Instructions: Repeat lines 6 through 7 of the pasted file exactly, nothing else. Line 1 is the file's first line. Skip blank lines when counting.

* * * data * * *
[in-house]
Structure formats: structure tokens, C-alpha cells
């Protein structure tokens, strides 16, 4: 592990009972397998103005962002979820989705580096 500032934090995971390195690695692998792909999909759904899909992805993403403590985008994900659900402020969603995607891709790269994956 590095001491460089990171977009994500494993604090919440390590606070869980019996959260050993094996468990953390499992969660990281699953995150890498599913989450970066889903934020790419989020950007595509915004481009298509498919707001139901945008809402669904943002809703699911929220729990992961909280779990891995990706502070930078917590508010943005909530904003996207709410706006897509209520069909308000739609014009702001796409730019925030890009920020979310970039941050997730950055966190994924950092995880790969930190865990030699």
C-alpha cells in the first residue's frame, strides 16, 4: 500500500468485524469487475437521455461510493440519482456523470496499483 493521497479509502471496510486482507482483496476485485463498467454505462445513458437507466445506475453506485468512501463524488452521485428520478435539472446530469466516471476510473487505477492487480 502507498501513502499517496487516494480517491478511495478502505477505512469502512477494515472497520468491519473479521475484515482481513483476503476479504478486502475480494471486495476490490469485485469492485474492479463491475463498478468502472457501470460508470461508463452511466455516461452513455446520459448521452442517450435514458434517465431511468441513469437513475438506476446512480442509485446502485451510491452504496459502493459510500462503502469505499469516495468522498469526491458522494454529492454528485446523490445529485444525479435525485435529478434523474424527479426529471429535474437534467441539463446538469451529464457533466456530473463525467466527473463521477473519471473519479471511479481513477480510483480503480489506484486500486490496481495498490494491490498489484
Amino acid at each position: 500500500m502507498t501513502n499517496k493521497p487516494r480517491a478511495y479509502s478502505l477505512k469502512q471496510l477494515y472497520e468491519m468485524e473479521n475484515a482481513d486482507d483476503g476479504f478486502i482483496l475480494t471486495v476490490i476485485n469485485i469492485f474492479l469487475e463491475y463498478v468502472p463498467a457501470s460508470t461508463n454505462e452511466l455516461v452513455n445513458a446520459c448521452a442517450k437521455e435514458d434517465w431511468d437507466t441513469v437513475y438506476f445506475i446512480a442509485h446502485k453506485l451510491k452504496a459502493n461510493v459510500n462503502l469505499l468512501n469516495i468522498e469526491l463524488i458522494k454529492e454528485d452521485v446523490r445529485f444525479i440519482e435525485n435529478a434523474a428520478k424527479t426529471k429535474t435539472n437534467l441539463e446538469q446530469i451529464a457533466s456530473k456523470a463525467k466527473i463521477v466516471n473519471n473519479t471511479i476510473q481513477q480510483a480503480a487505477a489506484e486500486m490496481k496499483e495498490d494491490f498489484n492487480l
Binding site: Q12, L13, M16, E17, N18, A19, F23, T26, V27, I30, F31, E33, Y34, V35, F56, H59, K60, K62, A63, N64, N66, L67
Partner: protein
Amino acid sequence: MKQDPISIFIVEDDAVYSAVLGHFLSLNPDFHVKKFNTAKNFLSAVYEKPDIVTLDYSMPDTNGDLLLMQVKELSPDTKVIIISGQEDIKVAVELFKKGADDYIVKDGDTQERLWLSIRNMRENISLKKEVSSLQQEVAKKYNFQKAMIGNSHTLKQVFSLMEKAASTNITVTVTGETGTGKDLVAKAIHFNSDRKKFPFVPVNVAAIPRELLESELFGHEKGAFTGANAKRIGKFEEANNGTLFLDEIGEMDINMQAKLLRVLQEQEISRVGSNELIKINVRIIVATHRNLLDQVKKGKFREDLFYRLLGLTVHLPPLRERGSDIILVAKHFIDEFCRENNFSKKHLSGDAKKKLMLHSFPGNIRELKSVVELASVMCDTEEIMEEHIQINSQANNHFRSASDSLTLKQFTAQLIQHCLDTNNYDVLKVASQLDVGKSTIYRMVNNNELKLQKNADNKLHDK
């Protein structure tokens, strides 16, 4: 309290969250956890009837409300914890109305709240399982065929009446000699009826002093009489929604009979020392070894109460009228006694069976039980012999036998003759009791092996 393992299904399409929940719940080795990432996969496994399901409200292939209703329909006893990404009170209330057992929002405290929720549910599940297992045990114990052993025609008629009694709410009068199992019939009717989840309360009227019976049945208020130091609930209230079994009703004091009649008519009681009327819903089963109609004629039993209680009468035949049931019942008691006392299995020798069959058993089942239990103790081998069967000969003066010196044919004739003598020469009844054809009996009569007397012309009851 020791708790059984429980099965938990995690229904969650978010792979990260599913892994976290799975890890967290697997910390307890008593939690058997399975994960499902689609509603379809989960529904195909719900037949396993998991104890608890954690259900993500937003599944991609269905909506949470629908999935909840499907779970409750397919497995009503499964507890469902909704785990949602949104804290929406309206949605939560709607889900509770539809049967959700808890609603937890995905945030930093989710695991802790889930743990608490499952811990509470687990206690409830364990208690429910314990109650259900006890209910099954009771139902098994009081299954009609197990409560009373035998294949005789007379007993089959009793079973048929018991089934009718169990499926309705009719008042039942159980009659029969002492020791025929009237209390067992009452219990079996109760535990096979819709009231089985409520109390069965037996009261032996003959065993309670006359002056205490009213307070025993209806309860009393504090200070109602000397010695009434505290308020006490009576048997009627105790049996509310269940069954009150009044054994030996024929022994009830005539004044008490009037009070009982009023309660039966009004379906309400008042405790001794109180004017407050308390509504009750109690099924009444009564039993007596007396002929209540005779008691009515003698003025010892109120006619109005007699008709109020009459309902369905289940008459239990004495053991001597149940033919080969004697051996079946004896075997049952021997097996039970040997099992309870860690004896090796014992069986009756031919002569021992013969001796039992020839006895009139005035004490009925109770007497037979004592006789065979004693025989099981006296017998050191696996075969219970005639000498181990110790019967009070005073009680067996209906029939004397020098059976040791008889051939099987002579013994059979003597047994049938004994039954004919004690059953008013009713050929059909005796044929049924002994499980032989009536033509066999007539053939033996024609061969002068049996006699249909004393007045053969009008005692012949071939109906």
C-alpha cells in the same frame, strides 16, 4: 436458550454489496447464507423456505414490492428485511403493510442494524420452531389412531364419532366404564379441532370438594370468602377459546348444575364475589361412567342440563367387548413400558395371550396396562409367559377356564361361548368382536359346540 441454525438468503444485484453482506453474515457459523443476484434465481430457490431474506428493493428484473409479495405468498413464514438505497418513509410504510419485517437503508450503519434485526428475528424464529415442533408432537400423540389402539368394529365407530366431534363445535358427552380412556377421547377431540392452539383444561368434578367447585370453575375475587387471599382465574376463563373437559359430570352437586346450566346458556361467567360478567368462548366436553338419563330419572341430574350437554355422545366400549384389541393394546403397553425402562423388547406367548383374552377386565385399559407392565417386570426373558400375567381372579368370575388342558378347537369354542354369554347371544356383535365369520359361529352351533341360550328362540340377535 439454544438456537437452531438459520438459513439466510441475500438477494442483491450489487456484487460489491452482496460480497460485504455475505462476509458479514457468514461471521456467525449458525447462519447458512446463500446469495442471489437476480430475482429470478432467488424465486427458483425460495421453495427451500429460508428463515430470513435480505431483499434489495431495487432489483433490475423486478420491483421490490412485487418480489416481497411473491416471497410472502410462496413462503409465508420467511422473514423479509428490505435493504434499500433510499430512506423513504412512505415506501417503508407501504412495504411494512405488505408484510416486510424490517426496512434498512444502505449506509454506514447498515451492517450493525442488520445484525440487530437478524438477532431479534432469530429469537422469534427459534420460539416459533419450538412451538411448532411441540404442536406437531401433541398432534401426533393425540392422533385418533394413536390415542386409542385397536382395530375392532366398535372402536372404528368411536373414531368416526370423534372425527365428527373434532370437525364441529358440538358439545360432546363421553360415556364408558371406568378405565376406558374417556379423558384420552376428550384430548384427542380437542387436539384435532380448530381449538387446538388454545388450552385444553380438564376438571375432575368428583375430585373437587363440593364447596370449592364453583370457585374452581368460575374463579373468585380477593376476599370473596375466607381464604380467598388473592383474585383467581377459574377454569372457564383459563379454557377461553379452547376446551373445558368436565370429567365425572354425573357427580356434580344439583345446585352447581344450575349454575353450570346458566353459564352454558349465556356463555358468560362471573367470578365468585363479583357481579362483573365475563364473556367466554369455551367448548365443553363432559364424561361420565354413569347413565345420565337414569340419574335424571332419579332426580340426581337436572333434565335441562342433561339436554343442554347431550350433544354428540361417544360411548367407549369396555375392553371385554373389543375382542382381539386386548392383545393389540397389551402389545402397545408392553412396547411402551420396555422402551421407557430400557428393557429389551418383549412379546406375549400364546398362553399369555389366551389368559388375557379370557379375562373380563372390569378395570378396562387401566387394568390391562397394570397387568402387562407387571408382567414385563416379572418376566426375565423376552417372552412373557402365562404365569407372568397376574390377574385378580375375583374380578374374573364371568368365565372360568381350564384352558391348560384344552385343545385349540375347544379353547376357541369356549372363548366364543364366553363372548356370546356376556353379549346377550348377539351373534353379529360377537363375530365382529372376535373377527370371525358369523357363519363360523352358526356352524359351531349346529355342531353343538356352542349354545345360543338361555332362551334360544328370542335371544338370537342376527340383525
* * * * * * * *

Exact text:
Binding site: Q12, L13, M16, E17, N18, A19, F23, T26, V27, I30, F31, E33, Y34, V35, F56, H59, K60, K62, A63, N64, N66, L67
Partner: protein